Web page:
Mina Loy, though best known as a modernist poet and novelist, was also a visual artist. Championed by collectors and artists including Peggy Guggenheim, Marcel Duchamp, and Joseph Cornell, Loy had a few modest solo shows during her lifetime, but there has never been a larger exhibition of her works until now. Curated by Jennifer R. Gross at the Bowdoin College Museum of Art in Brunswick, Maine, Mina Loy: Strangeness Is Inevitable and its accompanying catalogue aim to demonstrate the wide range of Loy’s visual production.
Installed across two galleries, the exhibition features archival material in the first room, including published writings, textile and lampshade designs, photographs, and letters. Paintings and assemblage works command their own attention in the adjoining space. This selection includes a set of ethereal blue paintings of half-human figures (1932) and what remains of the more severe, landscape-oriented Drift of Chaos series (1933).
From having artwork included in the First Free Futurist International Exhibition in Rome in 1914 to publishing one of her most famous poems, “Brancusi’s Golden Bird,” in the same November 1922 issue of The Dial in which T. S. Eliot’s “The Waste Land” appeared, Loy was a participant in some of the most significant events of the modernist avant-garde. Strangeness Is Inevitable implicitly asks why Loy has been so overlooked in comparison with her notable compatriots. The exhibition answers without needless justifications and excuses, instead presenting its case with a strong display of the artist’s work.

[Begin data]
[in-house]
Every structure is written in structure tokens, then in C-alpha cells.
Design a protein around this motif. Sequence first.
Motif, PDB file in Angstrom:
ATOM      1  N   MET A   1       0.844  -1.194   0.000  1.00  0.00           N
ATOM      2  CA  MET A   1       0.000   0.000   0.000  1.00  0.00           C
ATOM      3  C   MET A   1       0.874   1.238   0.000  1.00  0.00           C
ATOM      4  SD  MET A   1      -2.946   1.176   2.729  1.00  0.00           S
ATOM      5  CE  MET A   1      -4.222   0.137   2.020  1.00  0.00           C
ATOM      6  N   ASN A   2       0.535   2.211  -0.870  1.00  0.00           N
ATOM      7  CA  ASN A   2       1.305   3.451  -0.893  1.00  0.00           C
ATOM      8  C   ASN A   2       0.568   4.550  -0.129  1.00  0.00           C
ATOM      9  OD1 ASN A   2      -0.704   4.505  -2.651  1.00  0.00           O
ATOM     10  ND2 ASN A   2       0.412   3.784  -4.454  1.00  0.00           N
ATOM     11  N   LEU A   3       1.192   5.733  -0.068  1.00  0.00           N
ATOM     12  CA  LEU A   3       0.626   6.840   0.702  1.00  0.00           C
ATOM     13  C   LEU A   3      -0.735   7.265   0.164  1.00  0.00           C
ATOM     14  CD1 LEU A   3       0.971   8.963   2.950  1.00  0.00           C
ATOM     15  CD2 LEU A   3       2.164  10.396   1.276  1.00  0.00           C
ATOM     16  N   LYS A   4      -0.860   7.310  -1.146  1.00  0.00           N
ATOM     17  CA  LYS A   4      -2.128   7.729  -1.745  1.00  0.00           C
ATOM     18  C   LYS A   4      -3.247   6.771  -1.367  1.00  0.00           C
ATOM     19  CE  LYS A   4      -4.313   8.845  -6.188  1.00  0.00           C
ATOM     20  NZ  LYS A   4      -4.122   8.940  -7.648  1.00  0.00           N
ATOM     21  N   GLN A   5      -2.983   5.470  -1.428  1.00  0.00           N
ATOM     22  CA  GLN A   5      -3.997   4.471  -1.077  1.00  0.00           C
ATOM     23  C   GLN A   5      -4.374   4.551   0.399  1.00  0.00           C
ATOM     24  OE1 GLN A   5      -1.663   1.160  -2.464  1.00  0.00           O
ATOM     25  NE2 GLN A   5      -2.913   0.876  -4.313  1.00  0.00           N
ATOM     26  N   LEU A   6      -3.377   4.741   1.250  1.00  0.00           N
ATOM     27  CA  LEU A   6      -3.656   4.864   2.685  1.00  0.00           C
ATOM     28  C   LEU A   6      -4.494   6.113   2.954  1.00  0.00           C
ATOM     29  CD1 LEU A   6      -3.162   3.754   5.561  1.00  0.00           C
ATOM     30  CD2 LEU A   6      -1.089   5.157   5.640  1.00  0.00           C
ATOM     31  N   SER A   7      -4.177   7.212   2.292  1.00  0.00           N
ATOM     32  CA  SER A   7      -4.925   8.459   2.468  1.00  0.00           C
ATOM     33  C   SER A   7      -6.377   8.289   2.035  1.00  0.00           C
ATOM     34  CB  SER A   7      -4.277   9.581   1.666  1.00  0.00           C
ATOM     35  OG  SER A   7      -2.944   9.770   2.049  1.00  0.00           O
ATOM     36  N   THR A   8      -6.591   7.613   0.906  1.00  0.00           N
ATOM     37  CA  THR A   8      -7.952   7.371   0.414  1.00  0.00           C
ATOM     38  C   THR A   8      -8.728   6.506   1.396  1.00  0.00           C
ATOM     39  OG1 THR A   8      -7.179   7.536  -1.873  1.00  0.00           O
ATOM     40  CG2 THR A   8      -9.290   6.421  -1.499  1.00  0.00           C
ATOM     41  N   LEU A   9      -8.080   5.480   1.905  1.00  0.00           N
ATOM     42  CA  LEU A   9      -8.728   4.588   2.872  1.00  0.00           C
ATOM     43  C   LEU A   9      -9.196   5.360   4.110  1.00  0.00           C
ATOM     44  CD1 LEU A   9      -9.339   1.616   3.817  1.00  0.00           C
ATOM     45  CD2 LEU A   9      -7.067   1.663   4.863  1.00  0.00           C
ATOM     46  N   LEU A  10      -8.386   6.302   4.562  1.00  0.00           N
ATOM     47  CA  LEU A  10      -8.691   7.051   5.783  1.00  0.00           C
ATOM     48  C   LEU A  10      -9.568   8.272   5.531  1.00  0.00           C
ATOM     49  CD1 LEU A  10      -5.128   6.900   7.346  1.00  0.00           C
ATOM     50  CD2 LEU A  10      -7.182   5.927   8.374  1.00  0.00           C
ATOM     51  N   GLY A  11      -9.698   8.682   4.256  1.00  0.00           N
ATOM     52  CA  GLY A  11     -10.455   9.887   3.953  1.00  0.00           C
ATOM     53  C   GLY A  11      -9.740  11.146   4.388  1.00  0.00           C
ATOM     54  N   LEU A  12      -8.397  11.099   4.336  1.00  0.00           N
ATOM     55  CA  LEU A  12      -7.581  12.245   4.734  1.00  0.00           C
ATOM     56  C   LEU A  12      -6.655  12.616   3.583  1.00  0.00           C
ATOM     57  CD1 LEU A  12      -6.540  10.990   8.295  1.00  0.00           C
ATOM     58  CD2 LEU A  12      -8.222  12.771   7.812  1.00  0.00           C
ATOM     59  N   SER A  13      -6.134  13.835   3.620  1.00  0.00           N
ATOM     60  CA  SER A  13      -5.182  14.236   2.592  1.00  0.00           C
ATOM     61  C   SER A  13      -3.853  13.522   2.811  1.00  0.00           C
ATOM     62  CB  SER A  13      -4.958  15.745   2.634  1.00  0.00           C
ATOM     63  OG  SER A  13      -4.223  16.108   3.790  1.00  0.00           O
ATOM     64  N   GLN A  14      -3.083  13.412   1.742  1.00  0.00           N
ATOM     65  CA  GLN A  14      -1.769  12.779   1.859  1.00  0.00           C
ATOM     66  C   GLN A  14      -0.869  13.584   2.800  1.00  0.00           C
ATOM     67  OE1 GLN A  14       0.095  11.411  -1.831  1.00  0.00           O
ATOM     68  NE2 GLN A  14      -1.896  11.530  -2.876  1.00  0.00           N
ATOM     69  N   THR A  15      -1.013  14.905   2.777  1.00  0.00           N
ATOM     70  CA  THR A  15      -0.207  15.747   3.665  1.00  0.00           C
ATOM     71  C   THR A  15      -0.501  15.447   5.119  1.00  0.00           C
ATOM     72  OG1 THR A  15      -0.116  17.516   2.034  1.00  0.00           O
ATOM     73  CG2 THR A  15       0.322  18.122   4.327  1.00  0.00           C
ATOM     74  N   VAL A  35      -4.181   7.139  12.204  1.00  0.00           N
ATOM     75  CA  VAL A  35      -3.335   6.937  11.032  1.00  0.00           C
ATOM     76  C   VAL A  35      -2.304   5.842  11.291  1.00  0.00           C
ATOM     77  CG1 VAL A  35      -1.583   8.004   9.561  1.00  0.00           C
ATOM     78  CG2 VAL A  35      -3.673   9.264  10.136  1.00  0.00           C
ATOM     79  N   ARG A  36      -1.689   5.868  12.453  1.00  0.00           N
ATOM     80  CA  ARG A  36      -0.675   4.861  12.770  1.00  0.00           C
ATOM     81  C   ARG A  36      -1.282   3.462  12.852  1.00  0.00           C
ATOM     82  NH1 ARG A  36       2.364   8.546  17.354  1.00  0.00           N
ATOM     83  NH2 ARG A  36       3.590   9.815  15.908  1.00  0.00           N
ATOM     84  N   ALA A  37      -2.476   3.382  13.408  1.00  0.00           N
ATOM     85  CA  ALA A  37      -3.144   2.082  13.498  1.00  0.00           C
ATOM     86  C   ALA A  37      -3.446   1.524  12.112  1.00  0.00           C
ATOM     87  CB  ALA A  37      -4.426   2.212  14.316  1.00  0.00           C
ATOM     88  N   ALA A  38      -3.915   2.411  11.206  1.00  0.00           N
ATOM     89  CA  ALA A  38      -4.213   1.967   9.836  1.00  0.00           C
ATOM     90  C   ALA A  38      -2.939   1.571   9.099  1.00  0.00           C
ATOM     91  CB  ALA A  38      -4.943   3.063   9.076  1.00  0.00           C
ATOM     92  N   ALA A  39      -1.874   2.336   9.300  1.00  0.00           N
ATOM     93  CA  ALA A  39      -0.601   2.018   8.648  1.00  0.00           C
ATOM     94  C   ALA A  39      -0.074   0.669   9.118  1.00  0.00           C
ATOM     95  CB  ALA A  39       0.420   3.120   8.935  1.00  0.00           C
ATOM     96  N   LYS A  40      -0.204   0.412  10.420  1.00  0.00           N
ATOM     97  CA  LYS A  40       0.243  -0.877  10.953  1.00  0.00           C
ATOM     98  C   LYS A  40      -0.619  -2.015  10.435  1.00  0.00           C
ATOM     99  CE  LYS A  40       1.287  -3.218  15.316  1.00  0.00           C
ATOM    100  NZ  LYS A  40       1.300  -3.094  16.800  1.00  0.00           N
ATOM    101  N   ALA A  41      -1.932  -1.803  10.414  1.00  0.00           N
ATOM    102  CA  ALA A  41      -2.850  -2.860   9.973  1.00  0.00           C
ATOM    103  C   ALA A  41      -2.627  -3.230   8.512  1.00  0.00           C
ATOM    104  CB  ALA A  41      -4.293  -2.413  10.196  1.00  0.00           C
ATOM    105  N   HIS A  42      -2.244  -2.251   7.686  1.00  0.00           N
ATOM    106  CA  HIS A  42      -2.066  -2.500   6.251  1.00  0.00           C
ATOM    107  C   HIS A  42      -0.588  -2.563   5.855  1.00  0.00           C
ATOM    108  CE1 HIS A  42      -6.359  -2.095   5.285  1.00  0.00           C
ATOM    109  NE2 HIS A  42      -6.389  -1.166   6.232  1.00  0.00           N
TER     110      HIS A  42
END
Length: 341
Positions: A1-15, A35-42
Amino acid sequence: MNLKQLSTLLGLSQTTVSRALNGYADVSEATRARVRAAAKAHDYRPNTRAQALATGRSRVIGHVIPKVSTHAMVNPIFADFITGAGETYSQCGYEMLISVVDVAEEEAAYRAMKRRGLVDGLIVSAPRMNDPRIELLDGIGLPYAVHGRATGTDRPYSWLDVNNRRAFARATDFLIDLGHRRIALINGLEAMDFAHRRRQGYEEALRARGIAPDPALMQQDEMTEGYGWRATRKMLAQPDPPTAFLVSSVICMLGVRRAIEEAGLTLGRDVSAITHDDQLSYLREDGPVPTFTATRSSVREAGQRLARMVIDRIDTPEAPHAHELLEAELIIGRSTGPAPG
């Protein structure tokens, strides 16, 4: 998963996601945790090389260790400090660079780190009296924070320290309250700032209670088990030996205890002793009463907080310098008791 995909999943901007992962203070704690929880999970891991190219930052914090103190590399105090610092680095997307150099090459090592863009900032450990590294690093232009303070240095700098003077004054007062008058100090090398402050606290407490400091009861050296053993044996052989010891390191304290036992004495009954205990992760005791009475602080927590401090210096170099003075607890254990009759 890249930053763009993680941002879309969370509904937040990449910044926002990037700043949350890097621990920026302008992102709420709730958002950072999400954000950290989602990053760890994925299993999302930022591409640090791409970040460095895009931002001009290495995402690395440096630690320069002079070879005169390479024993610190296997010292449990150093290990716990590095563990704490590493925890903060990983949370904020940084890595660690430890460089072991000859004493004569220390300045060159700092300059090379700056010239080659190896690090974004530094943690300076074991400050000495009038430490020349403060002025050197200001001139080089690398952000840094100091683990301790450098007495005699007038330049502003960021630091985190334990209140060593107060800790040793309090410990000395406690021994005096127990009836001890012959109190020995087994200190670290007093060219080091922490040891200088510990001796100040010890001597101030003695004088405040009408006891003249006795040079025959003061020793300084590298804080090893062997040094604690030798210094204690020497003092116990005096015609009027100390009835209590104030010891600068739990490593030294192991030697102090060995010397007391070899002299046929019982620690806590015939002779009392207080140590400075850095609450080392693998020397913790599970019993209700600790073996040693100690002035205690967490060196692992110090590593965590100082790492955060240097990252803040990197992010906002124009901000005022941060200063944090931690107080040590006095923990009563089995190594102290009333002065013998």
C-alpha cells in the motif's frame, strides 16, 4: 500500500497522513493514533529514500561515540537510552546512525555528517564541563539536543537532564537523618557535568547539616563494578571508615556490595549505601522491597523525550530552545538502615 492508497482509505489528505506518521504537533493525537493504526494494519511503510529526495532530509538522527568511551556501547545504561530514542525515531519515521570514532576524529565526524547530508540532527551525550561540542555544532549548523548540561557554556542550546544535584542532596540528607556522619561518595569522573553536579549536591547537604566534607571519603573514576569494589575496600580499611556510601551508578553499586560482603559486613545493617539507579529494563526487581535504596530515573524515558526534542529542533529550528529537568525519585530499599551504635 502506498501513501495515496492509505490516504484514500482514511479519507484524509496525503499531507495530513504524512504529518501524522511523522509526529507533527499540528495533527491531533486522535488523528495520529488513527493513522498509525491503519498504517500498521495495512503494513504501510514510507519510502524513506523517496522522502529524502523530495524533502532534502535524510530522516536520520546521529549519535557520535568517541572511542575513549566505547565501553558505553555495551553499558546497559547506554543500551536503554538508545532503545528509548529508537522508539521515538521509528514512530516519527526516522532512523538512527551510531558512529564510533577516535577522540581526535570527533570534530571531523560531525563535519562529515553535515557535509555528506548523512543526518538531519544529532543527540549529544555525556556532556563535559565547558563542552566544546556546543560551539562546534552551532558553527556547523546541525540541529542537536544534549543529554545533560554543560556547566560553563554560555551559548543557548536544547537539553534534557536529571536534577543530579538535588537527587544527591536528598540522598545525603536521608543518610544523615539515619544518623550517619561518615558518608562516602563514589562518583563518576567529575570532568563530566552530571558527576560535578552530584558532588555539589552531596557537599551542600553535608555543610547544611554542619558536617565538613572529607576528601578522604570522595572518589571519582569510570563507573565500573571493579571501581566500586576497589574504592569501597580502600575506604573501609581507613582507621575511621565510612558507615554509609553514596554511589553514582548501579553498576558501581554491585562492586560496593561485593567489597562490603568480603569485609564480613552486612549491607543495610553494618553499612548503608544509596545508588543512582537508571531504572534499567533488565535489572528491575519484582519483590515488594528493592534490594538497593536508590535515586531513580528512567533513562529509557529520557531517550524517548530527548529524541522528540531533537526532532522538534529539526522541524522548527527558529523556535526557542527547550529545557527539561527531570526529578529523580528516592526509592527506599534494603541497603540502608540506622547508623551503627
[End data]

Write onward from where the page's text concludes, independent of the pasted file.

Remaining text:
The show chronicles Loy’s early Aubrey Beardsley-esque drawings as well as clothing designs, her time in Florence and Paris when she thrived as an experimental poet and painter, her years in New York City, and her final years in Aspen, Colorado, where she continued to generate work, including abstract assemblages featuring tin can lids and scrap metal.
Two of the exhibition’s most striking objects are assemblages Loy constructed from debris found on the streets of New York City during the four years after World War II, when she lived on the Bowery. “Christ on a Clothesline” (c. 1949) is a trompe l’oeil rendering of an older, emaciated figure wearing a gray gown and pinned by his shoulders to a clothesline with a decaying cityscape as a backdrop; “Communal Cot”(1949) features 10 small paper and fabric figures, each with unique features, sleeping on the ground. The latter may have been inspired by Loy’s view of the Bowery’s slumbering denizens. In fact, the assemblages Loy began creating from detritus anticipate the sculptural objects made by Robert Rauschenberg and Jasper Johns soon after. Loy’s work as an artist and writer was as groundbreaking as it was evanescent, and Strangeness Is Inevitable is helping to bring it back into view.
Mina Loy: Strangeness Is Inevitable continues at the Bowdoin College Museum of Art (9400 College Station, Brunswick, Maine) through September 17. The exhibition was curated by Jennifer R. Gross.